Senator Rob Portman

StatehouseNews

Incumbent Republican Senator Rob Portman has defeated former Ohio Governor Ted Strickland.

Portman was first elected to the Senate in 2010. He ran a strong campaign tying his opponent to Ohio's sinking economy during Strickland's governorship, which coincided with the national recession.

Portman kept Republican presidential nominee Donald Trump at a distance leading up to today's election. Portman didn't campaign with Trump and withdrew his endorsement when a 2005 tape of Trump making lewd comments about kissing and groping women surfaced last month.

Ken "kcdsTM" / Flickr

Gun regulation is an issue has been a challenging one for both major party candidates in the US Senate race between incumbent Republican Sen. Rob Portman and Democratic former Gov. Ted Strickland. In the last installment of a three part series, the Statehouse News Bureau is breaking down the race issue-by-issue. Correspondent Karen Kasler examines the candidates’ somewhat complicated positions on guns.

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Keith Cooper / Flickr Creative Commons

Trade has been a top issue in the ads and debates in this US Senate race. And it’s somewhat ironic that Portman’s view on trade is closer to that of Democratic Presidential nominee Hillary Clinton, and Strickland’s view is more like Republican nominee Donald Trump. Portman is the former U.S. Trade Representative under former President George W. Bush, and when he was in Congress, he voted for the big trade deal for many watching this race, the North American Free Trade Agreement or NAFTA.

Portman, Strickland Offer Differing Options on Immigration

Oct 31, 2016
U.S. Sen. Rob Portman (R-Ohio); former Gov. Ted Strickland (D-Ohio)
Andy Chow / Ohio Public Radio

Two longtime Ohio politicians are duking it out for your vote in the race for U.S. Senate. Republican Senator Rob Portman has held the office since 2011 but Democratic former Gov. Ted Strickland wants to take his place.

Andy Chow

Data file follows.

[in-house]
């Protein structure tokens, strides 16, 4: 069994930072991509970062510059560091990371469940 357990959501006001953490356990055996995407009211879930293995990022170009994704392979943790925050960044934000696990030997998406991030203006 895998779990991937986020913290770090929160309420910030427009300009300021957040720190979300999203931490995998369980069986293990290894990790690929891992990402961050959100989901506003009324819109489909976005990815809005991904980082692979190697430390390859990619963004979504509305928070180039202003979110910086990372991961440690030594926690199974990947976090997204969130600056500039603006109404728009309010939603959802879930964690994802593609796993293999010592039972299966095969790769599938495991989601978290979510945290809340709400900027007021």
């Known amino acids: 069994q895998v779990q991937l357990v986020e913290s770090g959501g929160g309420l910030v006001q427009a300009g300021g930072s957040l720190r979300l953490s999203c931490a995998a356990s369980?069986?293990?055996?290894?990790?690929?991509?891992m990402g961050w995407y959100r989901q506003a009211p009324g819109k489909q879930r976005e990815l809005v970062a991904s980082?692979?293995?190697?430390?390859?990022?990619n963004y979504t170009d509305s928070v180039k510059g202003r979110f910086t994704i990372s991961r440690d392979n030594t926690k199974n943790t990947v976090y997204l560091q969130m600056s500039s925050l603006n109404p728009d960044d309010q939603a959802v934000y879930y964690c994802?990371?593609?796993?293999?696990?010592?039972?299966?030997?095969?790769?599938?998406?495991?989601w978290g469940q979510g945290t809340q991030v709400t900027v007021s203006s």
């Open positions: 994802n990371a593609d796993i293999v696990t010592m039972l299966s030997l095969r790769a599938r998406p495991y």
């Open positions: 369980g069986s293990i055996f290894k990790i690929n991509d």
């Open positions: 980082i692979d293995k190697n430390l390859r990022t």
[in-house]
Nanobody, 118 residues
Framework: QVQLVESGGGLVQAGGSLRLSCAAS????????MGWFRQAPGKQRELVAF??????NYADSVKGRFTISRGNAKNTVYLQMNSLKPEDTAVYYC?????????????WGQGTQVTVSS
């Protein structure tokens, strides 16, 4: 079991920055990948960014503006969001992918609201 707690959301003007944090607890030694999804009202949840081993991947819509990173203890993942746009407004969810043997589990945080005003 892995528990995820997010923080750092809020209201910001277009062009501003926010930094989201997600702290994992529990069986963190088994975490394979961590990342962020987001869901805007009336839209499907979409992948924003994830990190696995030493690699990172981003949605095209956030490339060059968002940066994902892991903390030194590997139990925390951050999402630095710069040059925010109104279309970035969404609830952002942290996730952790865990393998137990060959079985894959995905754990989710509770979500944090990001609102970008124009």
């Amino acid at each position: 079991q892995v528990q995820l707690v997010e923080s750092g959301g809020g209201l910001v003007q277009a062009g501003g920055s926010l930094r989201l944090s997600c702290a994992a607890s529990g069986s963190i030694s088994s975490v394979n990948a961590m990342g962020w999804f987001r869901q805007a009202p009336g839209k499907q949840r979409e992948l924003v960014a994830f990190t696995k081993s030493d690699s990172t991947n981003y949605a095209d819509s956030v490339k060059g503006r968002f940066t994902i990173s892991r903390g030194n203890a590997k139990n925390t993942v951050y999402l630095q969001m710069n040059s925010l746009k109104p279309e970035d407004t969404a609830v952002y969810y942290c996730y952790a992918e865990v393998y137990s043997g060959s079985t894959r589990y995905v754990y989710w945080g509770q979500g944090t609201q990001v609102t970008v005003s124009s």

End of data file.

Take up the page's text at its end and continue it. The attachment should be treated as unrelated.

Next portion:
A leading Democratic political action committee is canceling ad buys in the Ohio Senate race. It's the second major group to do so as Democrats increasingly appear to be losing hope of winning back the key state.

Former Ohio Governor, Ted Strickland
Wikimedia Commons

Pilloried by negative attacks and lagging in funding and some polls, ex-Gov. Ted Strickland is airing the first television ads of his campaign against U.S. Sen. Rob Portman.

The multi-million ad buy began airing across Ohio Wednesday. The 60-second spot focuses on Strickland's hard-scrabble childhood in Appalachian Ohio, his blue-collar roots and the campaign's working-class focus.

Press photo

Ohio Senator Rob Portman endorsed Donald Trump months ago, but he’s been pretty muted in his support. That changed on Thursday.

At a speech to the Ohio delegation breakfast at the Republican National Convention, Portman offered more full-throated support for Trump, and used his name more often than speakers at the rest of the week’s  breakfasts combined.

He says Republicans know how to fix the economy as evidenced by what’s happened in Ohio.

Karen Kasler

US Senator Rob Portman is facing a tough re-election fight this year – and some Ohio Republicans are worried that Donald Trump’s controversial candidacy may drag down Portman’s chances to beat Democratic former Governor Ted Strickland. The candidate popped in for a little campaigning on the first day of the Republican National Convention in Cleveland.

Both sides are turning up the heat in the general election campaign in Ohio's closely watched U.S. Senate race.

Former Democratic Gov. Ted Strickland easily won his three-way primary Tuesday to face Republican Sen. Rob Portman. He calls Portman a Beltway insider. It's a seat Democrats think they could take in their effort to regain a Senate majority. Polls have indicated Strickland and Portman turn toward fall about even.

Former Ohio Governor, Ted Strickland
Wikimedia Commons

A former Ohio governor has won the Democratic U.S. Senate nomination in Ohio for the Republican-held seat.

Ted Strickland handily held off a spirited challenge by Cincinnati councilman P.G. Sittenfeld, who argued that state Democrats needed fresh faces and ideas. Strickland had 69 percent of the vote to 20 percent for Sittenfeld and 10 percent for Cincinnati occupational therapist Kelli Prather with 7 percent of precincts reporting unofficial returns.

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